You can believe your life is defined by whom you marry—or you can grab destiny by the throat and blaze your own path.
By Sam Yang - Get similar updates here
There is this old advice given to young girls, which is to marry into destiny rather than creating their own. Marry someone successful, marry a rich guy, marry someone smart. This is life advice? Imagine if we never again asked a child what they want to be when they grow up, but instead told them whom they should marry when they grow up. What would that do to a child's psyche? (What am I, chopped liver?) They would feel limited in their own abilities. Actually, asking these sorts of questions early on is also limiting, as they would feel tied to these answers. But this "whom you should marry" advice really has nothing to do with marriage, it's about success and the unconscious beliefs we hold about how we think someone can get there. And unfortunately for girls, it's often assumed how they will get there is through the right guy, not their own ability. (A bit patronizing.) After all, if you were the one with value and potential, marriage wouldn't even be a concern—suitors would be lining up for you, but you also wouldn't even need marriage for a comfortable life. Secondly, the emphasis of marriage would be different. Since you are the thing of value, the advice would change from you looking to you choosing, and being selective—you don't need someone for money and success, so choose someone who makes you happy.
And the "right guy" isn't even about the guy. He's just a proxy for the characteristics we personally admire. So here is my alternative: rather than telling people, especially girls to marry a particular type of person, why don’t we just—you know—encourage them to be that kind of person. We tell girls to marry Prince Charming because he must have qualities and values we admire—then let's cut to the chase and tell them to be more like Prince Charming (and grow some of these characteristics). There is no reason they can’t. It's not like they're helpless. And if you believe they are, encourage them. Don't take the easy route and just tell them to marry someone smart. Kids are surprisingly resilient, you can push them academically. If you act like they are helpless, they will learn helplessness. It's like admiring bilingual speakers, and rather than encouraging a child to learn another language, you tell them to marry someone bilingual. Essentially, they can never be the person you admire, at best they can marry someone you admire. (How messed up is that?) We do it with ourselves as well, defaulting to marriage (or a mate) as the solution rather than growing the traits we lack. But why marry when you can be? Being your own person. Being your own solution.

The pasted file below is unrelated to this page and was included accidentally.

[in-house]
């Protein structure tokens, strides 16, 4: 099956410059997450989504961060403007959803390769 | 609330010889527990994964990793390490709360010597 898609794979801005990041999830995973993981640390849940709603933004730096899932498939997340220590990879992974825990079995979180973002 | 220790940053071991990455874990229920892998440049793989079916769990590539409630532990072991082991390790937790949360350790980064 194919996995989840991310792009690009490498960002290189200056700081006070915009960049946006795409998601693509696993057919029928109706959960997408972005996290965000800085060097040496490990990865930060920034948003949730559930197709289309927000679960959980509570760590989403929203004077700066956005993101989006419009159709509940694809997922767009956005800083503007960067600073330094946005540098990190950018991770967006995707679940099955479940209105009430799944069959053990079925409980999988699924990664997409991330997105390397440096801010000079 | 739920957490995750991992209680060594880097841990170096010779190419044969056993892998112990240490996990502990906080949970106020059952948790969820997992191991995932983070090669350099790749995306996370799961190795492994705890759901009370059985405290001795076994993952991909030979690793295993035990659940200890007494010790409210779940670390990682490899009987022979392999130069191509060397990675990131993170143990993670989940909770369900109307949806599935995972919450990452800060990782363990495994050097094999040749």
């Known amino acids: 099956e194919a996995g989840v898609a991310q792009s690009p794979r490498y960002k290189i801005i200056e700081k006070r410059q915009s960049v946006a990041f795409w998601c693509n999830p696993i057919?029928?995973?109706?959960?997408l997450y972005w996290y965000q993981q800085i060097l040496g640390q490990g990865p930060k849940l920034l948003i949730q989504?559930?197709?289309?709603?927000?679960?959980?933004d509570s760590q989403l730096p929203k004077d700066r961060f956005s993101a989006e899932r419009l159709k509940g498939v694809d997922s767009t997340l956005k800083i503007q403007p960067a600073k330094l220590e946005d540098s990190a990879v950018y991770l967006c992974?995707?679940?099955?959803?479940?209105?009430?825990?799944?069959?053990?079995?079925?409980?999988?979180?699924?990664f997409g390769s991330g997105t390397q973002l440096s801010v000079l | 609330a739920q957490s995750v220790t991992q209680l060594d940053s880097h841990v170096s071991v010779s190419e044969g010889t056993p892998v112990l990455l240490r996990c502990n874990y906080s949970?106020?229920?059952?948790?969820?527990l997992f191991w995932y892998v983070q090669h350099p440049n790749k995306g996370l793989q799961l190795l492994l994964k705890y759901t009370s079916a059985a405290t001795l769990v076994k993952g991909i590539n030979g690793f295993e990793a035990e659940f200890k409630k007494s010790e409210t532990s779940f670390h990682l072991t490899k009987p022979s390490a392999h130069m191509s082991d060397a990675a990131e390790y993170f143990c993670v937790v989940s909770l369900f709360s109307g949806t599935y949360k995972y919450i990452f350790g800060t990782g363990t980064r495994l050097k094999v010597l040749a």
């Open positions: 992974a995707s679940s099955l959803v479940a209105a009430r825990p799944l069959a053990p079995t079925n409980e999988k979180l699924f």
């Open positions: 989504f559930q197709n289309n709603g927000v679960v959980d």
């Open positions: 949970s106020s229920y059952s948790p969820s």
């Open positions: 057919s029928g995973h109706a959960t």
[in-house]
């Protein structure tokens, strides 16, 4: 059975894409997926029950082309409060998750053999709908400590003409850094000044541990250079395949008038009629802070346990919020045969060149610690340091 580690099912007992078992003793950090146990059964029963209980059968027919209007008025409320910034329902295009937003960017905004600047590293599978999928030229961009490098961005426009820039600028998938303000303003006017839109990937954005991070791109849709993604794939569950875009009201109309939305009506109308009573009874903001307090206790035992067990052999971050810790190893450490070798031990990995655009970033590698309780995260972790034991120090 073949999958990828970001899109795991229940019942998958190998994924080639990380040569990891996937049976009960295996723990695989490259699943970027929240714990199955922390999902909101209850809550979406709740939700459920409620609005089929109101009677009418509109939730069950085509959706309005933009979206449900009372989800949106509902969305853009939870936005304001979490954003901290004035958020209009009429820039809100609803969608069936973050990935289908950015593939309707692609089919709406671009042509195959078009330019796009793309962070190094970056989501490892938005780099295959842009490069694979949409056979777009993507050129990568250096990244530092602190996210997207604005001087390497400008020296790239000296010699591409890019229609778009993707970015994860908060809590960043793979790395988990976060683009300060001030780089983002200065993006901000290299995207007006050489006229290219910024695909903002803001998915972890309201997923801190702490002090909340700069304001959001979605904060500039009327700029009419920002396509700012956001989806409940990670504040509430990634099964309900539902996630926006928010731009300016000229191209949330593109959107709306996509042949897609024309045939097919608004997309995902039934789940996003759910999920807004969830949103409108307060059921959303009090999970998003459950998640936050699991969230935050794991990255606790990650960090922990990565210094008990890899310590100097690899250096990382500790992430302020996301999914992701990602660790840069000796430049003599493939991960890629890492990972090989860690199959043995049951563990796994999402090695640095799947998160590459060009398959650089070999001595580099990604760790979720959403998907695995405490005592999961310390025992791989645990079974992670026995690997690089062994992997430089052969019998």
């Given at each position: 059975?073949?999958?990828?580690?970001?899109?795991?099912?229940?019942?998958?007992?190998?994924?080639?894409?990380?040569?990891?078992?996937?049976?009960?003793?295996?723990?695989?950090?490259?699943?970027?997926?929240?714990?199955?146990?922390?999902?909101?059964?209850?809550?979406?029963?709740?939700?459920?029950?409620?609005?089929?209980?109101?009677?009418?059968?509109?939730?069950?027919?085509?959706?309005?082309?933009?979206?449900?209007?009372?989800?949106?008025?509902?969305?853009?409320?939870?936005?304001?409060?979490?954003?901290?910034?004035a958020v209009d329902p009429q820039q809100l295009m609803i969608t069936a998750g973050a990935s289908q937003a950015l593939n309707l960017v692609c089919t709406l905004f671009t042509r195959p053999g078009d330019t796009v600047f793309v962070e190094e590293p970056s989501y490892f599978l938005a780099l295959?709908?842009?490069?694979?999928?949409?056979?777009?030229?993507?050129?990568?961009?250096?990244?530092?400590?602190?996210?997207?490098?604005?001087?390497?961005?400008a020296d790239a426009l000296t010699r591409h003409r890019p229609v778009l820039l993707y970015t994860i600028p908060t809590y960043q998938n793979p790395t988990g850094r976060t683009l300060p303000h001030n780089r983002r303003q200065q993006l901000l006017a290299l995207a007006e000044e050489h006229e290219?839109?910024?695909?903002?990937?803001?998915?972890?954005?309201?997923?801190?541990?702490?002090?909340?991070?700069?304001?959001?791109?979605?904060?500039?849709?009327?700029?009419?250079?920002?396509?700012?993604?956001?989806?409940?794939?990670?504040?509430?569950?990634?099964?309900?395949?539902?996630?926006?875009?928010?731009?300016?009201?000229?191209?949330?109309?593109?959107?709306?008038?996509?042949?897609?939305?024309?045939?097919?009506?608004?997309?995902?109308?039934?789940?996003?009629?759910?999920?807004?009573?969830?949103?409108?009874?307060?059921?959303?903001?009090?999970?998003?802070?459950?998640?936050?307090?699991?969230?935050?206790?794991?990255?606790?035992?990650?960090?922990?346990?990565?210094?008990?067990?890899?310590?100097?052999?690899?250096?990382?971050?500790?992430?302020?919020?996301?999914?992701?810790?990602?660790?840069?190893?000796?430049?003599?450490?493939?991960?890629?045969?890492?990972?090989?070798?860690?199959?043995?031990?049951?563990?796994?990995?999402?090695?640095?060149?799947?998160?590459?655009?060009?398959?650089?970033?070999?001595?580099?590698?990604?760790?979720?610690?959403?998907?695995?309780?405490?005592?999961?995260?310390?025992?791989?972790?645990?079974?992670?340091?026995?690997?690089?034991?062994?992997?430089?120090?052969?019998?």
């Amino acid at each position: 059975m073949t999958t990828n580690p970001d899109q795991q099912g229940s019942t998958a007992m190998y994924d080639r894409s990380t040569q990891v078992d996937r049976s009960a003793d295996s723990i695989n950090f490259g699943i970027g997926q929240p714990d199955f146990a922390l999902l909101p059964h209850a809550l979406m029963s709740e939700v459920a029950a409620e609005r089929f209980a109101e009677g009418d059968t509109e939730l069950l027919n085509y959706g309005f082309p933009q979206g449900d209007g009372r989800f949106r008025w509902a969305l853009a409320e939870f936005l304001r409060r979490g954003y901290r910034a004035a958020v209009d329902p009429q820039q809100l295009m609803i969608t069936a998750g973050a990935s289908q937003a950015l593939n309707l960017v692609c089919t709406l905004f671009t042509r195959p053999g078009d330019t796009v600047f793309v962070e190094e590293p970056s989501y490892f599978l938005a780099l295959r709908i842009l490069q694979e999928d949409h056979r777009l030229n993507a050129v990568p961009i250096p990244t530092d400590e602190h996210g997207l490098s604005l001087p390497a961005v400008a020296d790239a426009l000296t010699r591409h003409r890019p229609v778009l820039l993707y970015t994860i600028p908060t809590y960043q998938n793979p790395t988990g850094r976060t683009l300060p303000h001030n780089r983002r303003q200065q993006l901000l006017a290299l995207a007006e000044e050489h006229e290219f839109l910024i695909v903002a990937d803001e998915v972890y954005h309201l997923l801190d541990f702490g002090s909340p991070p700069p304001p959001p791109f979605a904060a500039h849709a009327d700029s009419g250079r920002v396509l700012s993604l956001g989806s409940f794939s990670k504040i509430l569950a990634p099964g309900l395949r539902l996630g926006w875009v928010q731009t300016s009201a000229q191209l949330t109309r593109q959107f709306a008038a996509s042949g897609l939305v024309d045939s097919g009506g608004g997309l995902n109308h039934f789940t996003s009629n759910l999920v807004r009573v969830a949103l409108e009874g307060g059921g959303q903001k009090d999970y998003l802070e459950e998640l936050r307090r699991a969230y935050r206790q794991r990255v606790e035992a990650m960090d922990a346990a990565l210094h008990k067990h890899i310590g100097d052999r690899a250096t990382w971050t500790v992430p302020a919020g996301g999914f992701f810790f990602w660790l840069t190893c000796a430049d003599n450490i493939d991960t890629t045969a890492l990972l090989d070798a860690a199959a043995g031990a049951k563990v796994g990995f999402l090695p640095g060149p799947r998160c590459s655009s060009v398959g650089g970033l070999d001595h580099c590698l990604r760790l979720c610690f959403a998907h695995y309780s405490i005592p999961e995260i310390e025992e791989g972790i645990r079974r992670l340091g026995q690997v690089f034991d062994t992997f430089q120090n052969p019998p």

It's not that we're consciously aware and limiting ourselves and others on purpose. Most days we are on autopilot. We just do whatever we think is normal, so bucking the trend doesn't occur to us. Just as it also doesn't occur to us to avoid giving unsolicited advice. (Or when it comes to strangers, minding our own business.)
The old Hollywood cliché is to sleep with the producer. But that's not the only option, you can also become a producer yourself. If you prefer the first choice, that's your prerogative. However, it is not your only choice. You have lots of options.